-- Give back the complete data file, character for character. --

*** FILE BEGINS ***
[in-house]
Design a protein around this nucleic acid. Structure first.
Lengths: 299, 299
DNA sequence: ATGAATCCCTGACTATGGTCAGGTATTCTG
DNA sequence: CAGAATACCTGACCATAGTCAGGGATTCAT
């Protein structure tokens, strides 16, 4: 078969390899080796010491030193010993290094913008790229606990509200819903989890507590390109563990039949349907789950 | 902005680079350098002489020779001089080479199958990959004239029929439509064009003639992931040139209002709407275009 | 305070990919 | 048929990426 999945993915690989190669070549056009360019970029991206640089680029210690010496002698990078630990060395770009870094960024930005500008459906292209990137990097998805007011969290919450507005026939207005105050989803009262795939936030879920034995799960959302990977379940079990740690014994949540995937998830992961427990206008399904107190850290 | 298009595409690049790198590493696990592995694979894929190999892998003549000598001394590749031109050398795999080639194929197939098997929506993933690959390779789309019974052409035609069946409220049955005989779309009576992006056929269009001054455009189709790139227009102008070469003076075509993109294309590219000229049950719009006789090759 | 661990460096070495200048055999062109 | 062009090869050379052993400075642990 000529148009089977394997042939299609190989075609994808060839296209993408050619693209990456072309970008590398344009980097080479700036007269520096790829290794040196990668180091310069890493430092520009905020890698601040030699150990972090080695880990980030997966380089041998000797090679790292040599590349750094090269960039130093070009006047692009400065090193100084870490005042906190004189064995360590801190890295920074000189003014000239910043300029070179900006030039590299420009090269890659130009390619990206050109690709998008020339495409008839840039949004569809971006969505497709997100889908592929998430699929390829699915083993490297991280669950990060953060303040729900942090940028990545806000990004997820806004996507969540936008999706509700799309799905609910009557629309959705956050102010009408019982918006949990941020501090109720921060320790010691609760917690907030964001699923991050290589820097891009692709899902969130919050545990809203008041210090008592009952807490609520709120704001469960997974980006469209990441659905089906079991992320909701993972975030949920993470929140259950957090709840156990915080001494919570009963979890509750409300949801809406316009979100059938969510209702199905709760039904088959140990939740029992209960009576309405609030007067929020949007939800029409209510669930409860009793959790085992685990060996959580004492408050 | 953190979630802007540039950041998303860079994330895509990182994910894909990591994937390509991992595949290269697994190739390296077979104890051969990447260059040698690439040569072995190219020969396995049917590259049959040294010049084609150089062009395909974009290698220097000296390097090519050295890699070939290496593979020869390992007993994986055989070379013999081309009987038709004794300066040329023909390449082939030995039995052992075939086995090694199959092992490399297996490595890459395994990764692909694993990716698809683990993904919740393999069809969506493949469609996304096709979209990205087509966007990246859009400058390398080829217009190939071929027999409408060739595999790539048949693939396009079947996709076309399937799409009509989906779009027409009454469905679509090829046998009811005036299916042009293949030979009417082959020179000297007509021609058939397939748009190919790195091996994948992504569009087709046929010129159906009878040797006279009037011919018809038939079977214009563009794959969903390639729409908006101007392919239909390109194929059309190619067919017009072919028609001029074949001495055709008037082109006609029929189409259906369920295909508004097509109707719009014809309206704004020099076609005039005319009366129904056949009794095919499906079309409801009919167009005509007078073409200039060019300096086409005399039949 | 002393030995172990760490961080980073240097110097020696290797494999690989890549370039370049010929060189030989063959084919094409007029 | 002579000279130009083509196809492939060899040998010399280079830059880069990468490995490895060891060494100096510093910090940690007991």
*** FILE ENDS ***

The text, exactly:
[in-house]
Design a protein around this nucleic acid. Structure first.
Lengths: 299, 299
DNA sequence: ATGAATCCCTGACTATGGTCAGGTATTCTG
DNA sequence: CAGAATACCTGACCATAGTCAGGGATTCAT
């Protein structure tokens, strides 16, 4: 078969390899080796010491030193010993290094913008790229606990509200819903989890507590390109563990039949349907789950 | 902005680079350098002489020779001089080479199958990959004239029929439509064009003639992931040139209002709407275009 | 305070990919 | 048929990426 999945993915690989190669070549056009360019970029991206640089680029210690010496002698990078630990060395770009870094960024930005500008459906292209990137990097998805007011969290919450507005026939207005105050989803009262795939936030879920034995799960959302990977379940079990740690014994949540995937998830992961427990206008399904107190850290 | 298009595409690049790198590493696990592995694979894929190999892998003549000598001394590749031109050398795999080639194929197939098997929506993933690959390779789309019974052409035609069946409220049955005989779309009576992006056929269009001054455009189709790139227009102008070469003076075509993109294309590219000229049950719009006789090759 | 661990460096070495200048055999062109 | 062009090869050379052993400075642990 000529148009089977394997042939299609190989075609994808060839296209993408050619693209990456072309970008590398344009980097080479700036007269520096790829290794040196990668180091310069890493430092520009905020890698601040030699150990972090080695880990980030997966380089041998000797090679790292040599590349750094090269960039130093070009006047692009400065090193100084870490005042906190004189064995360590801190890295920074000189003014000239910043300029070179900006030039590299420009090269890659130009390619990206050109690709998008020339495409008839840039949004569809971006969505497709997100889908592929998430699929390829699915083993490297991280669950990060953060303040729900942090940028990545806000990004997820806004996507969540936008999706509700799309799905609910009557629309959705956050102010009408019982918006949990941020501090109720921060320790010691609760917690907030964001699923991050290589820097891009692709899902969130919050545990809203008041210090008592009952807490609520709120704001469960997974980006469209990441659905089906079991992320909701993972975030949920993470929140259950957090709840156990915080001494919570009963979890509750409300949801809406316009979100059938969510209702199905709760039904088959140990939740029992209960009576309405609030007067929020949007939800029409209510669930409860009793959790085992685990060996959580004492408050 | 953190979630802007540039950041998303860079994330895509990182994910894909990591994937390509991992595949290269697994190739390296077979104890051969990447260059040698690439040569072995190219020969396995049917590259049959040294010049084609150089062009395909974009290698220097000296390097090519050295890699070939290496593979020869390992007993994986055989070379013999081309009987038709004794300066040329023909390449082939030995039995052992075939086995090694199959092992490399297996490595890459395994990764692909694993990716698809683990993904919740393999069809969506493949469609996304096709979209990205087509966007990246859009400058390398080829217009190939071929027999409408060739595999790539048949693939396009079947996709076309399937799409009509989906779009027409009454469905679509090829046998009811005036299916042009293949030979009417082959020179000297007509021609058939397939748009190919790195091996994948992504569009087709046929010129159906009878040797006279009037011919018809038939079977214009563009794959969903390639729409908006101007392919239909390109194929059309190619067919017009072919028609001029074949001495055709008037082109006609029929189409259906369920295909508004097509109707719009014809309206704004020099076609005039005319009366129904056949009794095919499906079309409801009919167009005509007078073409200039060019300096086409005399039949 | 002393030995172990760490961080980073240097110097020696290797494999690989890549370039370049010929060189030989063959084919094409007029 | 002579000279130009083509196809492939060899040998010399280079830059880069990468490995490895060891060494100096510093910090940690007991």